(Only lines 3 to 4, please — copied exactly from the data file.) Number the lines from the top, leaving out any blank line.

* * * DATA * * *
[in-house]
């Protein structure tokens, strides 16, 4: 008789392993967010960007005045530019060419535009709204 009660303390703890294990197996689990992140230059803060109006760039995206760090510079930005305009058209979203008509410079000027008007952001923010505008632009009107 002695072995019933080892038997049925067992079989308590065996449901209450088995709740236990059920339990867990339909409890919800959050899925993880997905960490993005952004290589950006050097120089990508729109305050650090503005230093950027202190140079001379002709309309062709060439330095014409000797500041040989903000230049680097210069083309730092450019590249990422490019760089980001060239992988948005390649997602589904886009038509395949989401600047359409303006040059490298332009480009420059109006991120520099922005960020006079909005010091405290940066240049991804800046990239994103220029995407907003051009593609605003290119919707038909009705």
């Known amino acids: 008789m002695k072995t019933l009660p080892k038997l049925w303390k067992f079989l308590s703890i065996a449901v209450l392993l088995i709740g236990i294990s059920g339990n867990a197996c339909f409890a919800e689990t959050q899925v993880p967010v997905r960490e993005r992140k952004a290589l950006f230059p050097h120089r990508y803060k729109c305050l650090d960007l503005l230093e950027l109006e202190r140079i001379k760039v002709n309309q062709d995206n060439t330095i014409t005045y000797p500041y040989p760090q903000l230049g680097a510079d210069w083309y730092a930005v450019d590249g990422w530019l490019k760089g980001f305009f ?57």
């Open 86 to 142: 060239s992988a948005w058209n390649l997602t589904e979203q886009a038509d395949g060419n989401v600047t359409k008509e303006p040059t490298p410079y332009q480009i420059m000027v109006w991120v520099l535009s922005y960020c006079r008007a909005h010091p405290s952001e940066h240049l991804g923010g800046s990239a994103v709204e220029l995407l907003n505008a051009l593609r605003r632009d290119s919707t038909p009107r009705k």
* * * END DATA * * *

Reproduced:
């Known amino acids: 008789m002695k072995t019933l009660p080892k038997l049925w303390k067992f079989l308590s703890i065996a449901v209450l392993l088995i709740g236990i294990s059920g339990n867990a197996c339909f409890a919800e689990t959050q899925v993880p967010v997905r960490e993005r992140k952004a290589l950006f230059p050097h120089r990508y803060k729109c305050l650090d960007l503005l230093e950027l109006e202190r140079i001379k760039v002709n309309q062709d995206n060439t330095i014409t005045y000797p500041y040989p760090q903000l230049g680097a510079d210069w083309y730092a930005v450019d590249g990422w530019l490019k760089g980001f305009f ?57």
């Open 86 to 142: 060239s992988a948005w058209n390649l997602t589904e979203q886009a038509d395949g060419n989401v600047t359409k008509e303006p040059t490298p410079y332009q480009i420059m000027v109006w991120v520099l535009s922005y960020c006079r008007a909005h010091p405290s952001e940066h240049l991804g923010g800046s990239a994103v709204e220029l995407l907003n505008a051009l593609r605003r632009d290119s919707t038909p009107r009705k």